He started singing the National Anthem everywhere. From basketball to football, soccer or a local club, Tedesco never passed up a chance to get out and sing.

Even Santa heard him at Christmas Village one year. He too, was impressed.

I will always remember hearing Tedesco for the first time while standing for the Anthem at a Raider basketball game and needing to congratulate him for a fine effort.

Now mind you, this was in the hay-day of the Raider crazies inside the Connie Donahue Gymnasium where one normally didn’t get to the home of the brave without the crowd erupting.

Not when their guy Tedesco was singing though.

Their reaction was important to the Raider sports guy with a great voice and the guts to get up and sing in front of his peers.

“I wasn’t sure at first how they were going to react but they were all real supportive.” Tedesco said. “I would sometimes sing before games I was playing in but never caught any grieve.”

The Anthem and Idol were fine but were was this journey going to go?

“As I thought about getting more serious about my career, I didn’t really have a good plan until my dad sat me down and told me I needed to master my instrument, the piano and start writing my own music.”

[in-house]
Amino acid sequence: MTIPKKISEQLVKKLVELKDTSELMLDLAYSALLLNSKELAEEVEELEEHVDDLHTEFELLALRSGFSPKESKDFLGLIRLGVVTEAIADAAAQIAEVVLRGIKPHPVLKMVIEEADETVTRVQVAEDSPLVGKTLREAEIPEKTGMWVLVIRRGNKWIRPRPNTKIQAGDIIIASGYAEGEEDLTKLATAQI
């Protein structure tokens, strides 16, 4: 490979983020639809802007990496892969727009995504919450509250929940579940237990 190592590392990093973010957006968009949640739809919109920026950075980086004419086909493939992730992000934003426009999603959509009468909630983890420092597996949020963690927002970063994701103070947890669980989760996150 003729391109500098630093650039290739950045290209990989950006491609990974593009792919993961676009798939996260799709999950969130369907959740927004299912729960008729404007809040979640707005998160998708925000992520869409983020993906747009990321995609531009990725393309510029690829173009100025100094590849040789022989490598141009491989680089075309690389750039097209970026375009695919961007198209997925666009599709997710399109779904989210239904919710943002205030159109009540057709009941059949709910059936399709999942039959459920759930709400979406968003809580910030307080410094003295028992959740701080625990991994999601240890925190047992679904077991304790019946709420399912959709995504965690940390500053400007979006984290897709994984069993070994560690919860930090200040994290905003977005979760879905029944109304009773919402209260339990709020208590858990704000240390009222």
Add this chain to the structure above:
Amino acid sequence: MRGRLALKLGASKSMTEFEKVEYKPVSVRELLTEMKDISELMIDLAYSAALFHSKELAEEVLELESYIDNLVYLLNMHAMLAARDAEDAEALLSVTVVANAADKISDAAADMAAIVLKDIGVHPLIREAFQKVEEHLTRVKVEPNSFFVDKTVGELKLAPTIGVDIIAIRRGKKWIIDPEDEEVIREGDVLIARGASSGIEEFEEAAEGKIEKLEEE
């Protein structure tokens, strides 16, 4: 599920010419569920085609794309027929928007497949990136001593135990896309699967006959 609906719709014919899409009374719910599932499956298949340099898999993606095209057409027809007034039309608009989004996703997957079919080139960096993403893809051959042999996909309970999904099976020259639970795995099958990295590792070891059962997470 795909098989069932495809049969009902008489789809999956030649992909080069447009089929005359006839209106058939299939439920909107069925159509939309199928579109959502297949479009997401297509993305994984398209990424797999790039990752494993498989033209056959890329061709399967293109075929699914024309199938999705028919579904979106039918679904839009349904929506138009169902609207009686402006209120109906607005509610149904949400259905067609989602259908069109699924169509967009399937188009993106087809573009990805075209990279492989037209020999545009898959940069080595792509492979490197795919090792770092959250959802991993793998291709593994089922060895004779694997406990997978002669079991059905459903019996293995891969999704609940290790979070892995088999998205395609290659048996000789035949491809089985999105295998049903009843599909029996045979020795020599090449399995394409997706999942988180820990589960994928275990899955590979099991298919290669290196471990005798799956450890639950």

He would go for the trifecta in the trade. Singing, playing the piano while writing his own music.

‘I remember thinking, okay I can do this.” Tedesco said. “Writing music wasn’t hard, it kind of felt right and I just went with it.”

His names as his influences greats like Billy Joel, Paul Simon, Elton John and Dave Matthews, amongst others.

He doesn’t write break-up songs in the Taylor Swift mantra but does take into account how he views the world around him when he writes.

“The medley comes first then the words and the story.”

When it comes to finding work in the entertainment industry here or anywhere in the music world, one need to be aggressive, constantly promoting one’s self.

Tedesco was a master at it and it started to pay off.

“I would play at friends or families parties or weddings at first during the cocktail hour.” Tedesco said. “I heard there was a wine tasted in Litchfield at the Saltwater Grille and was offered the job. I was real nervous but when it was over they invited me to come back and play every weekend.”